As always, click any image to see them all full-size.
It’s been a busy week for travel. Friday we took the train to Waterloo, then the tube to St Pancras, the EuroStar to Paris, and 2 Metros and a short walk to the hotel for Paris Photo. Walked about 8 miles around Paris before the Expo opened Saturday afternoon then wandered through the glorious (exhaustive and exhausting) expanse of it, along the way picking up a copy of Justine Kurland’s Girl Pictures (the 2020 Aperture edition not the one at the link) and meeting her when she signed the book. Sunday walked another 8 miles around Paris including a stop at the Musée d’Art Moderne and the Zoe Leonard exhibit. Then took the 2 Metros back to Gare du Nord to get the EuroStar back to St Pancras, the tube to Paddington and the train to Bristol, then a short cab ride to the hotel for Monday’s collage workshop with Justine Kurland at the Martin Parr Foundation. The Workshop was an all day session with about 12 students. Justine was fantastic – very engaging, discursive, open, collaborative, erudite and discussions with her have really forced me to re-evaluate what I’m doing in photography and how I can better strive to achieve the level of artistic mastery that she displays in her work. In particular I think it is pushing me to start using film in medium or large format again and get serious about more deliberate photographic subjects. Martin Parr wandered in now and again and was truly charming, one of the few male photographers to reach out positively to Justine about her SCUMB Manifesto (which I had previously bought as a gift for my collaging daughter). In the evening she gave a talk to a packed house which walked through several of her projects and was again, insightful, engaging and inspiring.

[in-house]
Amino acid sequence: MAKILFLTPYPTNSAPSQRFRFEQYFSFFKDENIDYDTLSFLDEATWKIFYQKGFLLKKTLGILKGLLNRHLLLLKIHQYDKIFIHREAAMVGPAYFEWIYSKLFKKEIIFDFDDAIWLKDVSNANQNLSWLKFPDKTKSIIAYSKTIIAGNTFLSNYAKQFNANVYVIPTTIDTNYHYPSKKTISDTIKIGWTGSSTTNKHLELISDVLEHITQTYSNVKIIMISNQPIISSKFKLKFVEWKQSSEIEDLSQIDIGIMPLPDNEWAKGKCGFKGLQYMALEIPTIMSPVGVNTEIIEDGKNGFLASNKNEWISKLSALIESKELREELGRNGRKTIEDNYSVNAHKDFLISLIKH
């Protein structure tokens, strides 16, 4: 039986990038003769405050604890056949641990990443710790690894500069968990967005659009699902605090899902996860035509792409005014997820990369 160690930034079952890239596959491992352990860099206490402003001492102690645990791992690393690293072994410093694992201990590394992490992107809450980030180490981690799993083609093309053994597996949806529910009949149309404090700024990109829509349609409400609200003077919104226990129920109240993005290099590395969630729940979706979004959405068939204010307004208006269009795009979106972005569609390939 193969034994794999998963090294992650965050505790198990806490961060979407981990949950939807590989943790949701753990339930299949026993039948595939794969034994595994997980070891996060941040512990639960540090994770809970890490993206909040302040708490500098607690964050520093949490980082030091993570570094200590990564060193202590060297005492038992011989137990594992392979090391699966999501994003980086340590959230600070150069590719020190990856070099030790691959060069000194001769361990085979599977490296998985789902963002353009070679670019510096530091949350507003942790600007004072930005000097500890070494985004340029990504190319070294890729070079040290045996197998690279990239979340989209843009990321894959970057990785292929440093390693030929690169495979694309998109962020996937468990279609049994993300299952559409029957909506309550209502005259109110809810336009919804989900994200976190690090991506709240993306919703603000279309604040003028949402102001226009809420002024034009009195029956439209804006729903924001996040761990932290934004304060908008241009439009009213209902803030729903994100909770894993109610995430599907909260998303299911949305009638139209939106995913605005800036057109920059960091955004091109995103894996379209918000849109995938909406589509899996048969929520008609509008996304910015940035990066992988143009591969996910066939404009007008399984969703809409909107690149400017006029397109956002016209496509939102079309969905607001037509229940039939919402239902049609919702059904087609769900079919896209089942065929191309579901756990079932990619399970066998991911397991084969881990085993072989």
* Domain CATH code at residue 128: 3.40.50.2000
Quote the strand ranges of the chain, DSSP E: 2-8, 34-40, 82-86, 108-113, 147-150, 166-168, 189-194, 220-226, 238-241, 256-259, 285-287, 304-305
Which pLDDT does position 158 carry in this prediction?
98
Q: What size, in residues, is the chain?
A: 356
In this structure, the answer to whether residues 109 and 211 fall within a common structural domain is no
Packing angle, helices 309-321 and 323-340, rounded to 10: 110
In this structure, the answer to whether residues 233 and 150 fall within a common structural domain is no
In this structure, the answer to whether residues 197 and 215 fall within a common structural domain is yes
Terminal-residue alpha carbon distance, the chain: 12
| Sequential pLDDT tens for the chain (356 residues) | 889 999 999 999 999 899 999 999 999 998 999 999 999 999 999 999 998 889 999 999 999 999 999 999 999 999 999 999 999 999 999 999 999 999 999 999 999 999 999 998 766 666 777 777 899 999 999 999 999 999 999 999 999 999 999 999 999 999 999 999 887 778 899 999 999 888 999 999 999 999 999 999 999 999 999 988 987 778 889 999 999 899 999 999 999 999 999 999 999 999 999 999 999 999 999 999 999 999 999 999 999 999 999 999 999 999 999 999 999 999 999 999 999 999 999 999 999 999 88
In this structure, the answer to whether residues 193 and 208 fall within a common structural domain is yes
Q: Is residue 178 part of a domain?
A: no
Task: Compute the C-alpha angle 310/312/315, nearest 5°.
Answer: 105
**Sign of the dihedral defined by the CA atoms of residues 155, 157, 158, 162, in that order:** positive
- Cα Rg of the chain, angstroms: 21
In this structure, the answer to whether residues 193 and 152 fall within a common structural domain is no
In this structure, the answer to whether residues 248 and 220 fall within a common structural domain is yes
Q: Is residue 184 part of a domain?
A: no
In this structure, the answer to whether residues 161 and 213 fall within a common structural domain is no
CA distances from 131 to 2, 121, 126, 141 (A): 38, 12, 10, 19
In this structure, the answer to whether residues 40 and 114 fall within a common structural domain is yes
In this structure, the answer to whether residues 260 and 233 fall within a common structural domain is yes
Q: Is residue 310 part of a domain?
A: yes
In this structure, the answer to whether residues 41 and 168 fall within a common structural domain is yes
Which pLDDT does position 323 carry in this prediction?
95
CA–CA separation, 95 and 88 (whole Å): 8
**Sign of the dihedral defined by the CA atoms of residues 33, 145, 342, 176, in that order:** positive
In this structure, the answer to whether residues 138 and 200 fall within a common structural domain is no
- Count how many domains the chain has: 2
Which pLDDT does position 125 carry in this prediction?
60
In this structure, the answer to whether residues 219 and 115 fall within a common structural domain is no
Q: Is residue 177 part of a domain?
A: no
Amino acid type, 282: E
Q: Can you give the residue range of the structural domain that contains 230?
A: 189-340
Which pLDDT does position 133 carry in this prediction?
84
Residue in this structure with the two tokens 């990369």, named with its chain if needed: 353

The next morning the cab to the train station never arrived, the rain was dashing down as we trundled our suitcase to the bus stop, getting drenched, then sat in Bristol traffic and passed the train station where construction has closed the bus stop and walked back through the rain and puddles to Bristol’s Temple Meads train station, hustled to the ticket window to upgrade our tickets for an earlier train we needed to catch to Paddington. Then the tube to Waterloo and the train back to Farnham where, panting, I just made it to my lecture on Queer Theory. Alas, rain had seeped into one of our bags and badly damaged the cover of Girl Pictures although, at least, none of the pages or images seems to have been harmed.
All this by way of excuse for not posting. More pictures to process and post soon.